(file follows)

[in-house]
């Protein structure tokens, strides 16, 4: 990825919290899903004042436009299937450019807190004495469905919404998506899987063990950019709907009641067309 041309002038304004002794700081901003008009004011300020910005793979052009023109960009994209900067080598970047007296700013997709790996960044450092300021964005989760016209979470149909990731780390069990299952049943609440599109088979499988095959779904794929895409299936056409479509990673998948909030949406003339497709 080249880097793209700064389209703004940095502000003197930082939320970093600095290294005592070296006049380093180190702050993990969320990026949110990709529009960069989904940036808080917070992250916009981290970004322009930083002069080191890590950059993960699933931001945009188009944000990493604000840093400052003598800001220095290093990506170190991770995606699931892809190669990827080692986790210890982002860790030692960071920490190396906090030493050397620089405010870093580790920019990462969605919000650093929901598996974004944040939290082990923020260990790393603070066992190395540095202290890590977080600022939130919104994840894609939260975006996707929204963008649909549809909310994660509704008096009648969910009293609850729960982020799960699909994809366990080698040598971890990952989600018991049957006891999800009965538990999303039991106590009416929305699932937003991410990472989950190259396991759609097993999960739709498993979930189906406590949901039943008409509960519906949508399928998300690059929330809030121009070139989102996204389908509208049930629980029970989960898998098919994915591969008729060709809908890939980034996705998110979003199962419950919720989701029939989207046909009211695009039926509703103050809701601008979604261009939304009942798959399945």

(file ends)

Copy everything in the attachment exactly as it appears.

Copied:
[in-house]
């Protein structure tokens, strides 16, 4: 990825919290899903004042436009299937450019807190004495469905919404998506899987063990950019709907009641067309 041309002038304004002794700081901003008009004011300020910005793979052009023109960009994209900067080598970047007296700013997709790996960044450092300021964005989760016209979470149909990731780390069990299952049943609440599109088979499988095959779904794929895409299936056409479509990673998948909030949406003339497709 080249880097793209700064389209703004940095502000003197930082939320970093600095290294005592070296006049380093180190702050993990969320990026949110990709529009960069989904940036808080917070992250916009981290970004322009930083002069080191890590950059993960699933931001945009188009944000990493604000840093400052003598800001220095290093990506170190991770995606699931892809190669990827080692986790210890982002860790030692960071920490190396906090030493050397620089405010870093580790920019990462969605919000650093929901598996974004944040939290082990923020260990790393603070066992190395540095202290890590977080600022939130919104994840894609939260975006996707929204963008649909549809909310994660509704008096009648969910009293609850729960982020799960699909994809366990080698040598971890990952989600018991049957006891999800009965538990999303039991106590009416929305699932937003991410990472989950190259396991759609097993999960739709498993979930189906406590949901039943008409509960519906949508399928998300690059929330809030121009070139989102996204389908509208049930629980029970989960898998098919994915591969008729060709809908890939980034996705998110979003199962419950919720989701029939989207046909009211695009039926509703103050809701601008979604261009939304009942798959399945």